Although foreclosure is the way lenders try to recover the loan amounts they are due, most lenders do not want to own real estate and would rather have the loan paid off, or the loan payments current. Most homeowners who have suffered a financial setback also would like to avoid foreclosure and keep their home, but often do not have the background to be able to determine which of the available foreclosure help options will work for both the homeowner and the lender. Fannie Mae, Freddie Mac, HUD and the VA all endorse programs designed to keep homeowners in their home if it is at all possible, or to minimize the credit and financial damage if it is not possible to avoid foreclosure.
The process of determining whether a homeowner is likely to be able to recover from a financial setback is similar to the process used when the home loan was first approved. Personal and financial information along with supporting documentation is collected and forwarded to the existing lender, who will then approve or decline a possible workout. In many cases, the homeowner can successfully complete this process on their own if they have the time to properly assemble a complete documentation package.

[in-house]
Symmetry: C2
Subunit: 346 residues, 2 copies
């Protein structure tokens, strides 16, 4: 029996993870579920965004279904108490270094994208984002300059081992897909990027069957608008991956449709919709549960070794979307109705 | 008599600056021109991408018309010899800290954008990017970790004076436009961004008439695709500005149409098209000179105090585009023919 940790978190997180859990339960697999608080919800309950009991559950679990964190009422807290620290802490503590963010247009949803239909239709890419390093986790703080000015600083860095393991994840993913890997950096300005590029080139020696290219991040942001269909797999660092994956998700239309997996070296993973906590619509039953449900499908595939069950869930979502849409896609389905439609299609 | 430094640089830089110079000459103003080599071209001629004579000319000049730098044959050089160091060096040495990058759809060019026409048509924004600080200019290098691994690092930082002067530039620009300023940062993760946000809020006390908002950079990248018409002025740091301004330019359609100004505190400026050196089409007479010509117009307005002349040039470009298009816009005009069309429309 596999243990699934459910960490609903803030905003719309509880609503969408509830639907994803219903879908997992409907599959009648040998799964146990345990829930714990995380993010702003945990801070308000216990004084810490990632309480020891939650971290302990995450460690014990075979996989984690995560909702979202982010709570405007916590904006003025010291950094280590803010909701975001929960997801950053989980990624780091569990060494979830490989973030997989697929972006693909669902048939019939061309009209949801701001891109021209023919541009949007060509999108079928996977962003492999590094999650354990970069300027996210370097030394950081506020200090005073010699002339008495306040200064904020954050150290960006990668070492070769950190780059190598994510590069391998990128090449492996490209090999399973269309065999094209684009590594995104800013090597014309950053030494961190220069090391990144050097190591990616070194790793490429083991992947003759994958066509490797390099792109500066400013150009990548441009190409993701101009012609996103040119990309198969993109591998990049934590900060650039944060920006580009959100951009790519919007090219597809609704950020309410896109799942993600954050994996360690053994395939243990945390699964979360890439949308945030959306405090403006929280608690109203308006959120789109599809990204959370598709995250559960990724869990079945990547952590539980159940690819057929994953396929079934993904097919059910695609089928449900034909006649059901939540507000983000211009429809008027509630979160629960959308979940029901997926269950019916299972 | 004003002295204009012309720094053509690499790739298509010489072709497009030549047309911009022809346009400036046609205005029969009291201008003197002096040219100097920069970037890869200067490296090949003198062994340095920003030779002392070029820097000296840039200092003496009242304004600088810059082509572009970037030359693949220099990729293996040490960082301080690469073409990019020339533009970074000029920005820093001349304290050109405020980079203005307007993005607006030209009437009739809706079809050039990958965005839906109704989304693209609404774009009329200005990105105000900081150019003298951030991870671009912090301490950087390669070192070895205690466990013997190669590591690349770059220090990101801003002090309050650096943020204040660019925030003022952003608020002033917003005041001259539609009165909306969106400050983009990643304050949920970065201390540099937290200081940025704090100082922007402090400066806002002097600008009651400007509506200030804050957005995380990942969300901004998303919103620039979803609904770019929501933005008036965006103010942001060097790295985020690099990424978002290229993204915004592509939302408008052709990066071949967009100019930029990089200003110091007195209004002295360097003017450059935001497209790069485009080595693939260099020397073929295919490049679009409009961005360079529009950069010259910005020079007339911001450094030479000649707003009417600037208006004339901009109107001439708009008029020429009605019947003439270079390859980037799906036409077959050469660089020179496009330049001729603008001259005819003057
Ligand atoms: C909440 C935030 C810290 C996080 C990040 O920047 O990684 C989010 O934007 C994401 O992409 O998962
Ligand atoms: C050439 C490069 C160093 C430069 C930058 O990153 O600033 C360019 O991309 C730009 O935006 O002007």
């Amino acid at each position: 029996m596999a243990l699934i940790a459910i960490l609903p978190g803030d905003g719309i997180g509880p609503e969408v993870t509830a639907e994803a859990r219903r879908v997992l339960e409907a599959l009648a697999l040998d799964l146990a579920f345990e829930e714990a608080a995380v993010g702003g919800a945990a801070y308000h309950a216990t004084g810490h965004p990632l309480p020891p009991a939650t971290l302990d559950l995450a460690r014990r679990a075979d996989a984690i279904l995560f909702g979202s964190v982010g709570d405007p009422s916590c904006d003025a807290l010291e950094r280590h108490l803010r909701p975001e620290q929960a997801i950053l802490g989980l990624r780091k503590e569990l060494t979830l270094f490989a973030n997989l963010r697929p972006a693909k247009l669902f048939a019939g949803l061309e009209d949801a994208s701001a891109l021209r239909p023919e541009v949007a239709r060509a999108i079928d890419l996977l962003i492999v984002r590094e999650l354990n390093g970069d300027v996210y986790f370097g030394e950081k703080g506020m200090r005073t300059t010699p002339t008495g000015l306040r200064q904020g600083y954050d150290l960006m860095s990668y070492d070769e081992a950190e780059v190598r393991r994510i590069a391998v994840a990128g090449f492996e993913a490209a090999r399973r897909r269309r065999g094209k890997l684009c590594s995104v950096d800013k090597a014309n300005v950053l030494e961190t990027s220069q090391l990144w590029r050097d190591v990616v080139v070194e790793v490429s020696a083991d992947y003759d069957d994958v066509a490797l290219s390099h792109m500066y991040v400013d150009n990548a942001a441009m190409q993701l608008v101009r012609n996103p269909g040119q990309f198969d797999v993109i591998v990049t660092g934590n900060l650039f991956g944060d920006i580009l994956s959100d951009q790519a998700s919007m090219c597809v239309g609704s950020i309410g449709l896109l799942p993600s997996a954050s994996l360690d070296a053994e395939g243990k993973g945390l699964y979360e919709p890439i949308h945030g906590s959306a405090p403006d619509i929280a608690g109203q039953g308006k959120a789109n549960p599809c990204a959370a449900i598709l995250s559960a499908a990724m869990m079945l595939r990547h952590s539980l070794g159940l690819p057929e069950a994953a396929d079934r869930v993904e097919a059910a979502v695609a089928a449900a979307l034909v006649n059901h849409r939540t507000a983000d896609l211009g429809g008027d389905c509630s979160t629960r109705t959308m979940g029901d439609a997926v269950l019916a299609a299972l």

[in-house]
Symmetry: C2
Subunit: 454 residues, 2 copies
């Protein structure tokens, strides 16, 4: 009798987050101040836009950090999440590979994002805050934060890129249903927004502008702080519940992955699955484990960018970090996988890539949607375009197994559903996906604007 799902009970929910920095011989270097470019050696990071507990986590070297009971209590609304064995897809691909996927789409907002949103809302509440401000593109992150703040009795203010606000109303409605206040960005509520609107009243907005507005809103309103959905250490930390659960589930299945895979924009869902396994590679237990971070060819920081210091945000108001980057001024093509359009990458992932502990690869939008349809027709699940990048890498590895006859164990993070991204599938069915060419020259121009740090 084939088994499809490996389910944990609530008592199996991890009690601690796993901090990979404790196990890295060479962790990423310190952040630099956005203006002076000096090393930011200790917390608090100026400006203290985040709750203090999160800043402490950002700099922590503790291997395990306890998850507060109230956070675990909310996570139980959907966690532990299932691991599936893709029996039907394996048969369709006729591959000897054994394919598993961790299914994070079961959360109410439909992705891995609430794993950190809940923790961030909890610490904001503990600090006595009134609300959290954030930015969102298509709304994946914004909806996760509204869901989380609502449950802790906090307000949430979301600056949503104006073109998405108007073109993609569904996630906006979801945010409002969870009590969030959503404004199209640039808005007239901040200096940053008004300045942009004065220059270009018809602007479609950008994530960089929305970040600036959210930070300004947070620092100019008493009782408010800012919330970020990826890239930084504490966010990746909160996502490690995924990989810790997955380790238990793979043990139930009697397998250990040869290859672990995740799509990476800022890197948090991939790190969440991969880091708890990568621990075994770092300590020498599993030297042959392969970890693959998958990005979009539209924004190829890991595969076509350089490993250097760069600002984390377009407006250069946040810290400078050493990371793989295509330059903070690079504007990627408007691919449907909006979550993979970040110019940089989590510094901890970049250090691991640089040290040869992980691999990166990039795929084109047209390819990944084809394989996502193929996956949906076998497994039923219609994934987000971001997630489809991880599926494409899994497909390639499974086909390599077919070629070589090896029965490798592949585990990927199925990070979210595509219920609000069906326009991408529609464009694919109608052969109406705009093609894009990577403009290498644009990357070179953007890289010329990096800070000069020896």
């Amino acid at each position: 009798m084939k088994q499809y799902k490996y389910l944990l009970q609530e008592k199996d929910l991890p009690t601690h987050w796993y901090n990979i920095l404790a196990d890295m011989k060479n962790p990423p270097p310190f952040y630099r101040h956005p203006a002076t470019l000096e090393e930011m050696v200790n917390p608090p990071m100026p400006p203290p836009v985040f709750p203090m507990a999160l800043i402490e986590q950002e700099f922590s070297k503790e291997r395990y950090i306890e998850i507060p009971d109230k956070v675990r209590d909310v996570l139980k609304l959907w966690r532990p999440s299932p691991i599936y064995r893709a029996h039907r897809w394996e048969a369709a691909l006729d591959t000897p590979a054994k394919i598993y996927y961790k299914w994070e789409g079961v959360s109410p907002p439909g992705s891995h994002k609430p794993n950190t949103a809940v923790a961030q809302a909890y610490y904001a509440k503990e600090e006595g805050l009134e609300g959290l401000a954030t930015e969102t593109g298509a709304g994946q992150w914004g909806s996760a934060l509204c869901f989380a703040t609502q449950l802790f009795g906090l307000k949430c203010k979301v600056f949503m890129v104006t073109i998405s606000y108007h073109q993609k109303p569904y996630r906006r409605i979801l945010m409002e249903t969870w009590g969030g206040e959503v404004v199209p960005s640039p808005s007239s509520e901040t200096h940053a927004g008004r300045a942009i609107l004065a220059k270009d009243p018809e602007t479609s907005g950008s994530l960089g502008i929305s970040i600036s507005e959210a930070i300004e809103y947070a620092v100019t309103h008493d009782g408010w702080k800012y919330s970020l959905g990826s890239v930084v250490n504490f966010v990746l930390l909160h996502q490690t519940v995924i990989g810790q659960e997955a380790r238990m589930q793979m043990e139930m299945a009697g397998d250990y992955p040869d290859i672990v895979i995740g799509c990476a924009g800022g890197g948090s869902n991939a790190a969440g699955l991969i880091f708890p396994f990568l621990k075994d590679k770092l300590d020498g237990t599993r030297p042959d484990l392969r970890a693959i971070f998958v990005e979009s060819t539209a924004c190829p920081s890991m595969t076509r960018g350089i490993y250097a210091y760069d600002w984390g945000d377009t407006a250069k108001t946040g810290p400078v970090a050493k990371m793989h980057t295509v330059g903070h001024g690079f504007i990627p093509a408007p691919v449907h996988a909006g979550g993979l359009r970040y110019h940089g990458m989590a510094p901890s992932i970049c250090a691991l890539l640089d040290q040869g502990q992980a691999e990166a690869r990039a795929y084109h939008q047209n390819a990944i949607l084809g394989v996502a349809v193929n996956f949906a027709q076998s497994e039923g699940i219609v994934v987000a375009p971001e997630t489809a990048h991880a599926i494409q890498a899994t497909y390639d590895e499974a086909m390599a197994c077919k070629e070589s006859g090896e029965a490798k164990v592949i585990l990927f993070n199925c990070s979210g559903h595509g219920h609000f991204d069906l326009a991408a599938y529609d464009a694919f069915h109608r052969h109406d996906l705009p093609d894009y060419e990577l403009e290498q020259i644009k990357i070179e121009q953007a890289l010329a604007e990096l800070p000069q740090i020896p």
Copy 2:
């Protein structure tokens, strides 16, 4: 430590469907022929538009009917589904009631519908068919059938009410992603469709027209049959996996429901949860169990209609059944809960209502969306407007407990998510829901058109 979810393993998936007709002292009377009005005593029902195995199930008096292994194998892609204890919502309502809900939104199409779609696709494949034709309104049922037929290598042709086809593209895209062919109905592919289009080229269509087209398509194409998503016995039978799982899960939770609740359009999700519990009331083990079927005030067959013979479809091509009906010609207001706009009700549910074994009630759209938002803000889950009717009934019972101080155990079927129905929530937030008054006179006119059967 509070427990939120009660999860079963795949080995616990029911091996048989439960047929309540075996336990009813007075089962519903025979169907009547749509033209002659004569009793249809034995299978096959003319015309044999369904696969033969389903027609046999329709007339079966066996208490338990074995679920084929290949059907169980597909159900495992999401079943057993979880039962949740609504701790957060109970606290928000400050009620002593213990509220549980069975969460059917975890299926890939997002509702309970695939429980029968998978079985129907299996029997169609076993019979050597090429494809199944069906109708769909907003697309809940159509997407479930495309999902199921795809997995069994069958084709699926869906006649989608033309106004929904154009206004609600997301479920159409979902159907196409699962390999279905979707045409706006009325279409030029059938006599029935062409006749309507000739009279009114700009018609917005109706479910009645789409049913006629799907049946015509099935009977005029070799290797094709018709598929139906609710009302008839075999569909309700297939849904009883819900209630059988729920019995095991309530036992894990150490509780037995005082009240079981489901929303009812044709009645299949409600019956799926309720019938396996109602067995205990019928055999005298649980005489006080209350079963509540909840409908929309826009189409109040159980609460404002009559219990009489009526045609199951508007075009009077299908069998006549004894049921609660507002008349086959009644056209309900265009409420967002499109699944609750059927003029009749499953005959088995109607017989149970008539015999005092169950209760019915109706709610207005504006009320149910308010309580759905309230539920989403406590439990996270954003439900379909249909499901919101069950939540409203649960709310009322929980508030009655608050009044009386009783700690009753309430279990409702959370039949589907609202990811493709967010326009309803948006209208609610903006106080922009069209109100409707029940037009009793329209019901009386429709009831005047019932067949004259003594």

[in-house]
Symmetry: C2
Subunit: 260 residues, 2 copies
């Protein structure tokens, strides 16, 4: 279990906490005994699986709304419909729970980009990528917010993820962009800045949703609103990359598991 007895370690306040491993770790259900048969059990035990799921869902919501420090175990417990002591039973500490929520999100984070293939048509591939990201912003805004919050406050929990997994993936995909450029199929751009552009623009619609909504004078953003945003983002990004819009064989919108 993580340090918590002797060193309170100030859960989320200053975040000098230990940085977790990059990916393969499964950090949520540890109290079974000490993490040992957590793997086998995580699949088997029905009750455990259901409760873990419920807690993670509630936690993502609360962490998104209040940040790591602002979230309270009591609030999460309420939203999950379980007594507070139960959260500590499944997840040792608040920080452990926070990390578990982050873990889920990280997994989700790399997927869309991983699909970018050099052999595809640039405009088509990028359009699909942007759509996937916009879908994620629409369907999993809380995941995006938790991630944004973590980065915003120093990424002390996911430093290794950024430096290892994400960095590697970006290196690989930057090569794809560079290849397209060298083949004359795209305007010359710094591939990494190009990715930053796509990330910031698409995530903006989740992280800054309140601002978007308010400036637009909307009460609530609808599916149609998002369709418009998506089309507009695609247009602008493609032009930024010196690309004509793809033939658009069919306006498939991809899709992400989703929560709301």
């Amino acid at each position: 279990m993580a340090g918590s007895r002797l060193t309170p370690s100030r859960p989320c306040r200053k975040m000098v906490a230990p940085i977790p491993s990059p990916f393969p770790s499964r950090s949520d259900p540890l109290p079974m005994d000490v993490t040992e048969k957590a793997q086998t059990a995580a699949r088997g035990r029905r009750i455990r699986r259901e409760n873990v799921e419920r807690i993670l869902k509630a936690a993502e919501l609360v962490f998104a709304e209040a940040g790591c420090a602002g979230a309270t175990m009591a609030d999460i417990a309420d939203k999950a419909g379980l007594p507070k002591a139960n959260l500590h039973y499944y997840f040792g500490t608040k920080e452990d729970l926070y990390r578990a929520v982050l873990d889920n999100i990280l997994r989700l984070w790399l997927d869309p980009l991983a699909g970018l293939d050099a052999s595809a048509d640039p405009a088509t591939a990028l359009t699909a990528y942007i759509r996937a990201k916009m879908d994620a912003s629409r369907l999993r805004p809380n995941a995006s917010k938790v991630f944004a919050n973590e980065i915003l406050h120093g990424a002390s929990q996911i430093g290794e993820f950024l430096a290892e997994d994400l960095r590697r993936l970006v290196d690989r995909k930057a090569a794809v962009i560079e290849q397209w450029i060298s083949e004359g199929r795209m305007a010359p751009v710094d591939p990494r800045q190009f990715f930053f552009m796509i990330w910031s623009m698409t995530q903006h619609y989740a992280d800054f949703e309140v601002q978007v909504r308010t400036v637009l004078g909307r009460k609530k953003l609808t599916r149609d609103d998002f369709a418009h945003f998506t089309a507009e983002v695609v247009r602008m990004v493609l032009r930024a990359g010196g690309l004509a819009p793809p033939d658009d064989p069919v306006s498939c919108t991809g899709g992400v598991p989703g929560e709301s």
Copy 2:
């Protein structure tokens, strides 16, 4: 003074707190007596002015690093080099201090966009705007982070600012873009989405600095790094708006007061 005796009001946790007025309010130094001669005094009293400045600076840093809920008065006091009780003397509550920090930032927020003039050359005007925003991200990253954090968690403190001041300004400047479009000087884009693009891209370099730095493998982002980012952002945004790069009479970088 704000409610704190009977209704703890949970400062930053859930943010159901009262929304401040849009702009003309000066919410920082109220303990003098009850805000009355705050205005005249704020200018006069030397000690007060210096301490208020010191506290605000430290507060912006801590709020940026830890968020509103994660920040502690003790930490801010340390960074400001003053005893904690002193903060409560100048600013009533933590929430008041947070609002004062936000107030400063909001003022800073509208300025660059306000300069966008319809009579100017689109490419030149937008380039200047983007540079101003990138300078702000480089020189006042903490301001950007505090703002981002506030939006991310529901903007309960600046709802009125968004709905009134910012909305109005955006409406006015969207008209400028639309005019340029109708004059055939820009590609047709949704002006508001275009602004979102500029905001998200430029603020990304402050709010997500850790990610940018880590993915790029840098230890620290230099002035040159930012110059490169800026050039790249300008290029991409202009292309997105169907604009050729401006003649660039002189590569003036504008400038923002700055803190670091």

The paragraphs below cover individual aspects that should be considered when facing a foreclosure action.Once the decision has been reached about keeping or selling the home, topics are listed in order of which options are typically least expensive for the homeowner up to those which are more expensive/credit damaging. Links to various resources are below those topics.
You can also request a free personalized evaluation by clicking:
Free Foreclosure Options Evaluation
Workouts for Home Loans
A link explaining the various types of workouts available from many lenders. You can also click on the following link to ask questions on our Foreclosure Discussion board.
Ultimately, the only thing that will end foreclosure proceedings is repayment of the debt, everything else is delay of the proceedings.
KEEPING THE PROPERTY VS. SELLING THE PROPERTY
If your monthly house payment (including property taxes and insurance) does not exceed 40% of your gross monthly income, it should be possible for you to keep the property. If the payment is greater than 40% of gross monthly income, consider selling or transferring the property to avoid negative impacts to your credit. The objectives in order of importance should be:
1. Keeping the property if possible.
2. Don't give away equity if you can keep it or liquidate and put it in your pocket.
3. Minimize damage to your credit. You will need it later on.